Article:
• John Stalker: Hyperbolic partial differential equations, especially those systems which are of particular physical interest. Mostly these are the Einstein equations of general relativity, but also the Euler equations of fluid mechanics and the equations governing nonlinear elasticity.

Complex Analysis and Geometry

  • Andreea Nicoara works in several complex variables, real and complex algebraic geometry, model theory.
  • Dmitri Zaitsev has interests including several complex variables (CR geometry), real and complex algebraic geometry, symplectic geometry and Lie group actions as well as connections with Partial Differential Equations and Combinatorics. His other interests include applications of Category Theory to Functional Reactive Programming and Algorithmic Complexity.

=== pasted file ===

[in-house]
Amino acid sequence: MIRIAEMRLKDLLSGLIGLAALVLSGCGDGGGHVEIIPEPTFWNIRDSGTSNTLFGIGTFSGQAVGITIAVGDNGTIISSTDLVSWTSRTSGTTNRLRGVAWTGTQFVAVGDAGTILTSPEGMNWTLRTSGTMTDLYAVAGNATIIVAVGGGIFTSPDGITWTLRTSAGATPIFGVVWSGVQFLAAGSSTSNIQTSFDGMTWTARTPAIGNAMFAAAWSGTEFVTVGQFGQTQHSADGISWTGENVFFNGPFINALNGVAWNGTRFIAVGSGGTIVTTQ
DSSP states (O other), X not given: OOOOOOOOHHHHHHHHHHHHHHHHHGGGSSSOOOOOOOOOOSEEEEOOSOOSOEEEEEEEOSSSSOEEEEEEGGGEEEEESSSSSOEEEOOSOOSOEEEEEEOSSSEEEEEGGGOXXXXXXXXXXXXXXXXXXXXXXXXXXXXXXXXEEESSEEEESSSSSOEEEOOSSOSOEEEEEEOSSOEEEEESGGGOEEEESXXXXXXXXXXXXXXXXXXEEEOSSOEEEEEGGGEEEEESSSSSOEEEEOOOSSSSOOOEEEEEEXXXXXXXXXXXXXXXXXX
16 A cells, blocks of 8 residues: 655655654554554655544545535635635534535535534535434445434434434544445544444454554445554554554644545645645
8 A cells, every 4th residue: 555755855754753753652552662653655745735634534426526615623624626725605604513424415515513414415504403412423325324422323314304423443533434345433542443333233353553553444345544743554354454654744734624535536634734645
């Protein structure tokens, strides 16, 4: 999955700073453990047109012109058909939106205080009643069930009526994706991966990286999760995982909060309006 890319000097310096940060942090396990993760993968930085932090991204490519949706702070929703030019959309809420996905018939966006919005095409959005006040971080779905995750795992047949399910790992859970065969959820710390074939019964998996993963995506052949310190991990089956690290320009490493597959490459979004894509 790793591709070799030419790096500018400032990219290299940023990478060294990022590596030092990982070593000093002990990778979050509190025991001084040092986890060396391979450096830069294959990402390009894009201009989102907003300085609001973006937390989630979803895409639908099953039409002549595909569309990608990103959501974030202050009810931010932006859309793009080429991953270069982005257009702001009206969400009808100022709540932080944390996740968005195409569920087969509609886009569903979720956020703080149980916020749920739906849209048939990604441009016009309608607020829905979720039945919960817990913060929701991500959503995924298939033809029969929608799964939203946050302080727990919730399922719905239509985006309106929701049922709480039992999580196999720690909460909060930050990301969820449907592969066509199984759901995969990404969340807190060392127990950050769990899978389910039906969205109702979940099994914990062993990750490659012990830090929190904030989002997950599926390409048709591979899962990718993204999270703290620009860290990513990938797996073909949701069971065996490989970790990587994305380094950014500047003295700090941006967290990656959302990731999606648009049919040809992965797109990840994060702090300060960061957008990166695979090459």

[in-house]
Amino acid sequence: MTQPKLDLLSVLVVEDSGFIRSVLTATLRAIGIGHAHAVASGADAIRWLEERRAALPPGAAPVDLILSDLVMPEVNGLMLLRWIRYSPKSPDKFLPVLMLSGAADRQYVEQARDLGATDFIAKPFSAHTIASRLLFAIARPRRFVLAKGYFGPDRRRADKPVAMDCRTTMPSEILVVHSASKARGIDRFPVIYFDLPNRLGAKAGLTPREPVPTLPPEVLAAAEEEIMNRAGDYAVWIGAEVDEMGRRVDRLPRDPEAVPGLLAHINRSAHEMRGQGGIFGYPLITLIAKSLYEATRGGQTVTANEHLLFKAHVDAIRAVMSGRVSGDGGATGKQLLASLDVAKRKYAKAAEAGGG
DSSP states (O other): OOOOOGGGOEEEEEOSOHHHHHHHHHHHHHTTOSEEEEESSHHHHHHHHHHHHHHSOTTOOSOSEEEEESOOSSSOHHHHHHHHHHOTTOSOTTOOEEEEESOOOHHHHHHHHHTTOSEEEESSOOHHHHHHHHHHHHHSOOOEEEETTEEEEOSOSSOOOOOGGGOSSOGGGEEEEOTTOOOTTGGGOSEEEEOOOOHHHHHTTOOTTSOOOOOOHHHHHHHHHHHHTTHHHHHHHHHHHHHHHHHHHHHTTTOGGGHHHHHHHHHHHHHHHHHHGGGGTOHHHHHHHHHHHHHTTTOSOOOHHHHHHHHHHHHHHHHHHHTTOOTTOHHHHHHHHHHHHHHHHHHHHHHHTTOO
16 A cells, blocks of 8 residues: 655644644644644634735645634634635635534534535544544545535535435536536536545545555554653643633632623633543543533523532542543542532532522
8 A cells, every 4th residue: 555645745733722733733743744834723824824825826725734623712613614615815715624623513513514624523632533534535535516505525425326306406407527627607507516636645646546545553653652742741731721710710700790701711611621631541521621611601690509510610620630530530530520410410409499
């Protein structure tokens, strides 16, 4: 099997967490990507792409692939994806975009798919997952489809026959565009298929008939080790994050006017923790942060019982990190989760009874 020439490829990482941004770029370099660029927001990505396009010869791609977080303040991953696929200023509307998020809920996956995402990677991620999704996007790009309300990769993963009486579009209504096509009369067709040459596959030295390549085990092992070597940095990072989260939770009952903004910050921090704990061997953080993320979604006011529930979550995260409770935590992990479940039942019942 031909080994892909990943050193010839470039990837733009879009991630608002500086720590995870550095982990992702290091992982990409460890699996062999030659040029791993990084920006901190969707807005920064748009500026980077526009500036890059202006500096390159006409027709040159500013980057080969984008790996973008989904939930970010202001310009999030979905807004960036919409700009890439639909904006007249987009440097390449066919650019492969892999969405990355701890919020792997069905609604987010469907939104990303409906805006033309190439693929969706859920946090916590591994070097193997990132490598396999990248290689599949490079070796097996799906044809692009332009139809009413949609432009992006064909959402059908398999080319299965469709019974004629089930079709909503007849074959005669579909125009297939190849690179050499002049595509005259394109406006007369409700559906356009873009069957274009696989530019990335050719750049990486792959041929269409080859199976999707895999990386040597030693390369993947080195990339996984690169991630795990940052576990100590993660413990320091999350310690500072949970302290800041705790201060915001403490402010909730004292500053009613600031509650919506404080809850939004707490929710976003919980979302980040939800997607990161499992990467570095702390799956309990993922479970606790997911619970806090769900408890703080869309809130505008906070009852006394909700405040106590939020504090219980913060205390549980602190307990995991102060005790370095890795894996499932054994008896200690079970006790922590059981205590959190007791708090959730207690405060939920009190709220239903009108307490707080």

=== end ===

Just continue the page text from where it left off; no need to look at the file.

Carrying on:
Algebra, Algebraic Geometry, and Algebraic Topology

  • Sergey Mozgovoy: Moduli spaces of quiver representations, Nakajima quiver varieties, quivers with superpotentials, non-commutative crepant resolutions of 3-Calabi-Yau varieties, brane tilings and dimer models, enumerative problems in representation theory, refined Donaldson-Thomas invariants and BPS counting, wall-crossing formulas, moduli spaces of Higgs bundles, moduli spaces of vector bundles on surfaces, Hilbert schemes of surfaces and Hilbert schemes of plain curve singularities, Hall algebras of curves and quivers.


  • Colm Ó Dúnlaing works on the theory of computation, algorithm design, computational complexity, and computational geometry.

Numerical Analysis and Scientific Computing

  • Kirk Soodhalter : numerical linear algebra, ill-posed problems, Krylov subspace methods, data-driven iterative methods, high-performance computing applications.

History of Mathematics

  • David Wilkins works on the history of mathematics, concentrating on the work of Hamilton and contemporaries of the 19th century.

Theoretical Physics research groups focus on String Theory and Lattice Quantum Chromodynamics.